Why People Who Hate Children Shouldn't Wear Bunny Suits

How dressing up as a "ski bunny" made me reevaluate my stance on motherhood.
Publish date:
June 2, 2011
motherhood, family, babies, costumes, snowboarding

On Halloween, when all of my friends are getting wasted at parties and parades, you will find me happily ensconced on my couch having a threesome with my remote control and a bottle of wine. I can’t stand braving the crowds just to see my friends dressed up like sexy nurses, cowgirls, witches and whores. I mean, call me crazy, but if I want to dress like a slut, I just dress like a slut.

Of course, as much as I hate Halloween, I actually love costumes. I just prefer showing up in one when people least expect it. Like on Thanksgiving (Indian) or Valentine’s Day (Cupid). So this year, when I blew my family off to spend Easter snowboarding in Tahoe, I did the only thing that made sense: I procured a full head-to-toe plush bunny suit.

Since we’re sort of off topic, I guess now’s as good a time as any to tell you another thing besides Halloween I’m not a huge fan of. I’m not a huge fan of children. I mean, I guess it’s not that I don’t like kids, they just make me super uncomfortable. I don’t know how to be around them. I can only recall holding a baby once in my entire life. And he diarrhea-ed through his onesie and all over my skirt. And no one even offered to pay my dry cleaning bill. I know, right?

I don’t judge others for procreating, but just, for me, I don’t see it happening. SORRY MOM! (Just kidding, my mom doesn’t know I’m on The Internet.)

So there I am on Easter Sunday, standing at the base of the Alpine Meadows in my bunny costume, when I start hearing the voices of children. “Look! Mom! It’s the Easter Bunny!”

“That’s a big responsibility you’re taking on there,” one mother warns/chides me.

“Ha. Yeah,” I laugh as I wave hello at her four-year-old before grabbing my snowboard and booking it to the chairlift.

But turns out she’s not joking. Flying down the mountain, my bunny ears flopping behind me in the wind, I hear kids screaming at me from the chairlift.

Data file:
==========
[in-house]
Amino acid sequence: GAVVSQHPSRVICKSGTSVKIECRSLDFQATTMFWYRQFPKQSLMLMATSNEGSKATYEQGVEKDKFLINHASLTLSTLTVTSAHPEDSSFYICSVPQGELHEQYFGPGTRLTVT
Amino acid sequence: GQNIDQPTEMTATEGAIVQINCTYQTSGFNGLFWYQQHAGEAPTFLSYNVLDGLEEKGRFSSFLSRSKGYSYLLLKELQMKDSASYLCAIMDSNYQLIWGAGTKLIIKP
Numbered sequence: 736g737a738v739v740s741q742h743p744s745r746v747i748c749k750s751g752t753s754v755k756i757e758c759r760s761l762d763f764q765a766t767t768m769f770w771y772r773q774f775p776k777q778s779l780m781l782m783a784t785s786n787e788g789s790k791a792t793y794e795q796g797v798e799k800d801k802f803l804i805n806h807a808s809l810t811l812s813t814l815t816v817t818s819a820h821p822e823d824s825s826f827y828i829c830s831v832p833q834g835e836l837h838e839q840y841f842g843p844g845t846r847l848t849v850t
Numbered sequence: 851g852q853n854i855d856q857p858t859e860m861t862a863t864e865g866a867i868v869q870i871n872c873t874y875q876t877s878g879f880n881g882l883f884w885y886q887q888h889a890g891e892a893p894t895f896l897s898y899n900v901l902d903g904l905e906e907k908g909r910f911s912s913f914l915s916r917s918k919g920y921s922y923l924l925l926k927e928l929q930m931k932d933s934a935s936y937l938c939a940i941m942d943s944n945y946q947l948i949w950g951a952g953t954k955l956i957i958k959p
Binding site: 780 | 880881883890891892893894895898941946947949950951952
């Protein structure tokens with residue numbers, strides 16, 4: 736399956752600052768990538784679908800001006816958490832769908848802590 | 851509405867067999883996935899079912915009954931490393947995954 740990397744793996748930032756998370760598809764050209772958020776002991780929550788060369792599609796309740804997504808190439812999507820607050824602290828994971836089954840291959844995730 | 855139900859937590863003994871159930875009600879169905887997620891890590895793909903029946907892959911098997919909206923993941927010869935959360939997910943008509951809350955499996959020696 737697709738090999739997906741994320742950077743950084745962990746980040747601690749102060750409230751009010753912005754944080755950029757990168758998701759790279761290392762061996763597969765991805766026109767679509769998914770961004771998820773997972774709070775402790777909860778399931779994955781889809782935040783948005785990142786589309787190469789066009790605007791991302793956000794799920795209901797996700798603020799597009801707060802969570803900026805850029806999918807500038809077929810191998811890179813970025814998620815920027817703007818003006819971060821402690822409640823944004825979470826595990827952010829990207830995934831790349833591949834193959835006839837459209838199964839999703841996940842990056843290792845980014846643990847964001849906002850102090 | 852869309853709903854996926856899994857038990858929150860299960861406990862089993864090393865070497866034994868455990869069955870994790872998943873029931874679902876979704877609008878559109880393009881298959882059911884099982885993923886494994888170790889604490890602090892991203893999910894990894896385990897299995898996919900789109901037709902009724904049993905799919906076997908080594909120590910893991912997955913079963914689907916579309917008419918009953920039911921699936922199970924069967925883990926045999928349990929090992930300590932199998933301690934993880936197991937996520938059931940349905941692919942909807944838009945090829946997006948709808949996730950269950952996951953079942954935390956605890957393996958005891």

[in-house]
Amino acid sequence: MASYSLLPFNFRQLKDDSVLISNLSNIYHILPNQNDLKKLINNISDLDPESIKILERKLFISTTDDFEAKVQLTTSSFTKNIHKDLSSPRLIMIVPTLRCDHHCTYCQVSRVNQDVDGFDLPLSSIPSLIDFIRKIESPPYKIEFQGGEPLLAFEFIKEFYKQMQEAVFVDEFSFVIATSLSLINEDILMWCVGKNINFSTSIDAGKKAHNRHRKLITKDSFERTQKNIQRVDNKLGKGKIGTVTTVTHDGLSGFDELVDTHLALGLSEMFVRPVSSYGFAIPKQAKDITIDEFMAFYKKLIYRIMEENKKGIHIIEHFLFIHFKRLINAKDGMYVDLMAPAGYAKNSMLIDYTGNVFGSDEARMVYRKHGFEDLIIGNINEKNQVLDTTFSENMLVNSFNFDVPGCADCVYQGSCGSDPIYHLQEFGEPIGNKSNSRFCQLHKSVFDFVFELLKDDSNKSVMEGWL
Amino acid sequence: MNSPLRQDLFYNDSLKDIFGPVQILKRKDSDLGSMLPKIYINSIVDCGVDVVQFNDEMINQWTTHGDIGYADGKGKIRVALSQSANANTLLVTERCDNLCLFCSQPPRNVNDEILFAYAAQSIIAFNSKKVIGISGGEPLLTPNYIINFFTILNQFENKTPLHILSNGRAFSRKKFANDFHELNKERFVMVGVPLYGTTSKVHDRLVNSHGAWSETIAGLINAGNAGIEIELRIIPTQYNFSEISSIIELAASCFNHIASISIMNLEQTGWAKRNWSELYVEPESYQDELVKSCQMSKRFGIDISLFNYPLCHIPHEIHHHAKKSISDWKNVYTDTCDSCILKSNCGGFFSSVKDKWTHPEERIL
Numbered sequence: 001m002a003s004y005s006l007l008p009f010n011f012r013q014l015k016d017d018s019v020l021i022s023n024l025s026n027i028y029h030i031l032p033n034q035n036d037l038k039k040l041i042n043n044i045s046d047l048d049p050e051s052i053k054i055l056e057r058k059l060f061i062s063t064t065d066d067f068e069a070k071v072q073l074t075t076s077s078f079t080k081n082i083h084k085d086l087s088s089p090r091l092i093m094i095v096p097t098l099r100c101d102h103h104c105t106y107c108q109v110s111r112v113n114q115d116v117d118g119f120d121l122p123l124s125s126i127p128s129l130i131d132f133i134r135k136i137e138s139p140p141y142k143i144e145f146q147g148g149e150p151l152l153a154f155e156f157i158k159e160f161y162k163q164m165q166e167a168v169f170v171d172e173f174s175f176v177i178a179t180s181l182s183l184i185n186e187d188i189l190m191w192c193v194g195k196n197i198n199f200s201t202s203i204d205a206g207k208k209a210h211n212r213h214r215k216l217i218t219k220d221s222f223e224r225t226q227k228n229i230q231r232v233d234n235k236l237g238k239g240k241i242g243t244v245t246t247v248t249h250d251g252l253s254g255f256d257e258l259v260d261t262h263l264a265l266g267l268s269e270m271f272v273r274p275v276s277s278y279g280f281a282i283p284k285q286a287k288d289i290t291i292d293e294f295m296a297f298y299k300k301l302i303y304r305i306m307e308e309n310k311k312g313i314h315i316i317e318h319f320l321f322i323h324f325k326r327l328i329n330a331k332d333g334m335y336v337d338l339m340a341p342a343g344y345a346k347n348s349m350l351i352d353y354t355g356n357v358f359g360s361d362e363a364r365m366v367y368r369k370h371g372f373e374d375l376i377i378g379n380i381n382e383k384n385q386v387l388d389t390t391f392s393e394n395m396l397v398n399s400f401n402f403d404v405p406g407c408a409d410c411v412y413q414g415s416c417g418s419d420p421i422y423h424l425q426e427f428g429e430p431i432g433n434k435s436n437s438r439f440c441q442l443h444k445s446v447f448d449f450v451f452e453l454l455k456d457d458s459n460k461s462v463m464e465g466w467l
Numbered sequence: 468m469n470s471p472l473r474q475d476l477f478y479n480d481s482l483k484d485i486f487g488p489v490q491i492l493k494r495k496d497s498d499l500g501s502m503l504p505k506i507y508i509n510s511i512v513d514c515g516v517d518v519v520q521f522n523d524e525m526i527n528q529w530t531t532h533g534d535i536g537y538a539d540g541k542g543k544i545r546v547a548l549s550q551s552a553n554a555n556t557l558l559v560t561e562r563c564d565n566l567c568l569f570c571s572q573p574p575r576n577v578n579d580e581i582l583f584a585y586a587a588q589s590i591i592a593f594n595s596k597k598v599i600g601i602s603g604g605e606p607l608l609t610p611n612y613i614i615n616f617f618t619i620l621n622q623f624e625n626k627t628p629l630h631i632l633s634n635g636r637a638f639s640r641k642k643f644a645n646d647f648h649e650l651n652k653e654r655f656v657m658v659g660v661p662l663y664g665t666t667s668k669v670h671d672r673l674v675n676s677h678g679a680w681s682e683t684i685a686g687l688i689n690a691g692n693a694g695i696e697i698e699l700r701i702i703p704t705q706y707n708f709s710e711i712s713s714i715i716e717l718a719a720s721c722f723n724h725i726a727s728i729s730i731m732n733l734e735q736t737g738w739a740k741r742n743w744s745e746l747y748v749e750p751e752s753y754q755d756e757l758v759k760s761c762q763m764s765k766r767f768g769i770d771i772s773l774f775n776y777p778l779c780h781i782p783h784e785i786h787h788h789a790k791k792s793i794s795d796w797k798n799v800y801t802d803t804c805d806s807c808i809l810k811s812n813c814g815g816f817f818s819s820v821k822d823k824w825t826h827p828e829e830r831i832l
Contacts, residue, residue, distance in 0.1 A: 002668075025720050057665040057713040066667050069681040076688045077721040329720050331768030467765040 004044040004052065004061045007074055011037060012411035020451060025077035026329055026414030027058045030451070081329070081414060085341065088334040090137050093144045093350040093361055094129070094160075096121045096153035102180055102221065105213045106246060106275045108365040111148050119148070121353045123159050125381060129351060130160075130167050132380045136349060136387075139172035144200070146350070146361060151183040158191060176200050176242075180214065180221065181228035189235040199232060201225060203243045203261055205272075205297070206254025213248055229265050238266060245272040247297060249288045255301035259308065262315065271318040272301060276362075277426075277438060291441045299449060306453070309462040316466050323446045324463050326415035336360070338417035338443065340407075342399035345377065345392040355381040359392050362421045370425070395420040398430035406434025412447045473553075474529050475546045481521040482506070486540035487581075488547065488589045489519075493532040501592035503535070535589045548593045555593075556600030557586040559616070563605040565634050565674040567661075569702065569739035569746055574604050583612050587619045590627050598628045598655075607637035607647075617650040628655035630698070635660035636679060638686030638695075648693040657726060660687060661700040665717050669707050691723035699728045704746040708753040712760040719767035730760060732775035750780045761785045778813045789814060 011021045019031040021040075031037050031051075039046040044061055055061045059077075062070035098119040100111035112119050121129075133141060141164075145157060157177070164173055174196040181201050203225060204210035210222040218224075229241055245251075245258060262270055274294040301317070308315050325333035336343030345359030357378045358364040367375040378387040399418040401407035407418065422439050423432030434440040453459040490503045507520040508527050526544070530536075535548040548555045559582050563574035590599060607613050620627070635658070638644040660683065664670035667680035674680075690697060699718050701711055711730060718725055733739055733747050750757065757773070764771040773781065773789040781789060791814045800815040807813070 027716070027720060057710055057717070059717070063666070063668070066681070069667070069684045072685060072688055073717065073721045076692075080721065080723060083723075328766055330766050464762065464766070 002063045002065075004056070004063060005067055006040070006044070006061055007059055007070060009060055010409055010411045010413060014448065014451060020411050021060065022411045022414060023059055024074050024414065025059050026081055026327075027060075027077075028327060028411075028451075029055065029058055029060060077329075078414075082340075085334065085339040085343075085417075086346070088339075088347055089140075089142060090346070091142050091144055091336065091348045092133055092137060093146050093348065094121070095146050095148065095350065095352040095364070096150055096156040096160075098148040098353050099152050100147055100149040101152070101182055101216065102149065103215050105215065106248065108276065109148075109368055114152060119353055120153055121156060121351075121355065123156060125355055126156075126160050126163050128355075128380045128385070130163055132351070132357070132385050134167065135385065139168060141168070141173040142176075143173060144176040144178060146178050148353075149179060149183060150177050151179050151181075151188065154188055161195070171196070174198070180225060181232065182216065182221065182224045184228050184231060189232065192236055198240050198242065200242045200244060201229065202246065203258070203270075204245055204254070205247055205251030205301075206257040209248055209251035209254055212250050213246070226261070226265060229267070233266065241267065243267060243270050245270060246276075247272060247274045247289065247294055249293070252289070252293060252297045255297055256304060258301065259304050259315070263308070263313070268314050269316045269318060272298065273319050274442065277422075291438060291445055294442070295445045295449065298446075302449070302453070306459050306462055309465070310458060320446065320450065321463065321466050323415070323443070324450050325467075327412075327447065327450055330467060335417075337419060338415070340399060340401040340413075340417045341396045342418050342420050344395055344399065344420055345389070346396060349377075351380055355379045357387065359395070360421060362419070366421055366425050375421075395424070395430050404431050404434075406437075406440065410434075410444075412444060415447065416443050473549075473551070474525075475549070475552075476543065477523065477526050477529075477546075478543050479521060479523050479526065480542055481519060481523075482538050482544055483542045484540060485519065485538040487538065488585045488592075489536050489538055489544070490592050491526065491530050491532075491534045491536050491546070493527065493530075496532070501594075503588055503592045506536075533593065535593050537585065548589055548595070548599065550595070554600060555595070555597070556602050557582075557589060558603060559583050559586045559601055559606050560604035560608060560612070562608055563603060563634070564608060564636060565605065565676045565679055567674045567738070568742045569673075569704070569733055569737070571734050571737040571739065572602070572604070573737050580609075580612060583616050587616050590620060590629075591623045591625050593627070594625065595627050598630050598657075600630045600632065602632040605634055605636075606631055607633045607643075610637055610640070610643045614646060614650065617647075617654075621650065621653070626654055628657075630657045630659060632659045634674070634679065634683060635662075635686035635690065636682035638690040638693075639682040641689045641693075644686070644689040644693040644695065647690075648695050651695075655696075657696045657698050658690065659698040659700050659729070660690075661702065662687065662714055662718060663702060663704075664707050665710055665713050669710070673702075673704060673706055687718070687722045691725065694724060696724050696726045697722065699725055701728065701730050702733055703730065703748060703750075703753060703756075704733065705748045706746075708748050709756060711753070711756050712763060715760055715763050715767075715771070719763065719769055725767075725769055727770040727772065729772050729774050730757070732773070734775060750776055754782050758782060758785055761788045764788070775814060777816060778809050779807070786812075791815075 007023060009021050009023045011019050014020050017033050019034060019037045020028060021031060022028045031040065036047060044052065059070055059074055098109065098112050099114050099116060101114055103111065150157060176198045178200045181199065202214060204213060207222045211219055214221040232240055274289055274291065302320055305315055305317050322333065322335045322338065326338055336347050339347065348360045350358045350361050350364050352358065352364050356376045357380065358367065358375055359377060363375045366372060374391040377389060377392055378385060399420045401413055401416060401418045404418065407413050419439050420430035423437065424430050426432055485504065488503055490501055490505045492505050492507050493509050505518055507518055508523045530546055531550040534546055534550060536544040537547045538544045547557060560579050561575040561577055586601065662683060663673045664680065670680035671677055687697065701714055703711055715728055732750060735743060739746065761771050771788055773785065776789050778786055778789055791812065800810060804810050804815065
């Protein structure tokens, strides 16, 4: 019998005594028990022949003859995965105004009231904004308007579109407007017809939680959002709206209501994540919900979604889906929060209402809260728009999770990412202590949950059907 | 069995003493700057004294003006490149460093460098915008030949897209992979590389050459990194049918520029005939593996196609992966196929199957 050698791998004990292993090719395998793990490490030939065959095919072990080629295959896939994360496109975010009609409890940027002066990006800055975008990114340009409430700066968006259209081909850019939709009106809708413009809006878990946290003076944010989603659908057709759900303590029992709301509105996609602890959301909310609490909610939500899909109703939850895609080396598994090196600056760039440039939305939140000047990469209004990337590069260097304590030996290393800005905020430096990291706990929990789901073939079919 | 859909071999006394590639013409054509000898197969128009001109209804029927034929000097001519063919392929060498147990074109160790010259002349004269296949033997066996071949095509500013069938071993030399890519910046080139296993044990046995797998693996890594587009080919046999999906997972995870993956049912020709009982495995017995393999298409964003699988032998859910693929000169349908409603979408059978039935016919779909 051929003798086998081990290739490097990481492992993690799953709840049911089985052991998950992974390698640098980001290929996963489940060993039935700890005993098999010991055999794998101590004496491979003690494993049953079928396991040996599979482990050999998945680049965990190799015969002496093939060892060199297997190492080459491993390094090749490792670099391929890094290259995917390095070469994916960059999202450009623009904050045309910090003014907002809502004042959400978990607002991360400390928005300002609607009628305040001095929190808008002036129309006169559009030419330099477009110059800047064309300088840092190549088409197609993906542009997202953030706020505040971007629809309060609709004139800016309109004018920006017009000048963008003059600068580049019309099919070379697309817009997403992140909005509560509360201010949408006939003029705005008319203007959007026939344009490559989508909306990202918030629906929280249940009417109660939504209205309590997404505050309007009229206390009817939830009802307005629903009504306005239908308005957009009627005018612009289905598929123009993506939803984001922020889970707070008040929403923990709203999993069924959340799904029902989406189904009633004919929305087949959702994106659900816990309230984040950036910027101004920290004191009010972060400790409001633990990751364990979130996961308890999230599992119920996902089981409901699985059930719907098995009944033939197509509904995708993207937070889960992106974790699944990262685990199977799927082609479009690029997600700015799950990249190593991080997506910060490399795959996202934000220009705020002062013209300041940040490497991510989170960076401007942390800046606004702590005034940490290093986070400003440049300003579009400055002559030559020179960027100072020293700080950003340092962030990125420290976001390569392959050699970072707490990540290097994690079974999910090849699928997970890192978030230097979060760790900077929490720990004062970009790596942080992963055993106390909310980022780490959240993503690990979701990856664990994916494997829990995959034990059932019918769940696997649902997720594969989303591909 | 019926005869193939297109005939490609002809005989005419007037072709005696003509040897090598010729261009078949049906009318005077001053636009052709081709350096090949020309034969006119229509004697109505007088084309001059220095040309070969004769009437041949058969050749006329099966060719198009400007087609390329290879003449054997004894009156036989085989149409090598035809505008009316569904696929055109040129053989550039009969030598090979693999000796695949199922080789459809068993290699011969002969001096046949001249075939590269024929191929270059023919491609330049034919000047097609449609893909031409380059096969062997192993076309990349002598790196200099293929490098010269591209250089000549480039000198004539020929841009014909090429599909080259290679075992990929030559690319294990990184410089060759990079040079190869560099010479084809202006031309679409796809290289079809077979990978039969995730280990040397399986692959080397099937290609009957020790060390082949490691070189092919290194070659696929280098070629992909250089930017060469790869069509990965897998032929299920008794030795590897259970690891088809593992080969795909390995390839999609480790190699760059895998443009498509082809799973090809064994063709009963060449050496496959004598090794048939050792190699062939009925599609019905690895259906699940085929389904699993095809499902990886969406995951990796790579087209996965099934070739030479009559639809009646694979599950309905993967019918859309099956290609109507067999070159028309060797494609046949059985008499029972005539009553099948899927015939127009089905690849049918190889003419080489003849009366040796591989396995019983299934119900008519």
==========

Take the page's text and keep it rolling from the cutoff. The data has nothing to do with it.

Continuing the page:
“Easter Bunny! Look, it’s the Easter Bunny!! HI EASTER BUNNY!!!!!”

And so I wave my hand in the air and shake my pink bunny tail as I pass them. I usually use sarcasm to make people smile, but it’s kind of nice to do it without even having to open my mouth. Plus, I am an attention whore and girls in bunny suits on Easter get a lot of attention.

What I’m not prepared for is what happens next.

I decide to go to the bar for a beer break. Walking through the lobby, a lot of little kids wave hi at me, and I wave back and smile. I order my drink (which the bartender pays for: yet another reason I’m loving the bunny suit) and am chatting with my friends when a mom comes up to me.

“Hi,” she says. “My daughter wants to come over and say thank you for all of the eggs you laid at our house this morning. Is that OK?”

At first I’m really confused because this is the first time I’ve ever heard that the Easter Bunny LAYS the eggs he leaves. If we’re teaching our children that mammals lay eggs, no wonder they’re all failing their standardized tests. But instead of saying any of that, I just say, “Sure.”

Suddenly, the cutest two-year-old waddles up to me. (I actually have no idea how old this kid actually was because I often think four-year-olds are eight and newborns are three, but two seems like a good guess.) She’s all bundled up in her white ski suit and has blond hair and big blue eyes.

“Can you say hi to the Easter Bunny?” her mom asks.

“Hi, Easter Bunny,” she says quietly.

“What did you want to say to her?” her mom prompts.

“Thank you for the eggs,” she says.

“Did you want to give the Easter Bunny a hug?” her mom asks.

She nods.

And I extend my wet furry Easter Bunny arms and wrap them around the little girl.

“Happy Easter,” I tell her.

When she leaves, I am suddenly bombarded with parents and kids.

“HUG THE EASTER BUNNY!” one father commands his son.

But it’s the two-year-old who haunts me for the rest of the day. Who I’m still thinking about when I get home that night and pour myself a glass of wine. I’ve always said I don’t want kids. But what if my kid were like her? What if my kid were adorable. And sweet. And gentle. And innocent. And endearing?

I refill my glass in an attempt to drink the thoughts away. But I can’t make them disappear. It’s Easter Sunday. And for the first time ever, I'm wondering how many eggs I have left in my basket.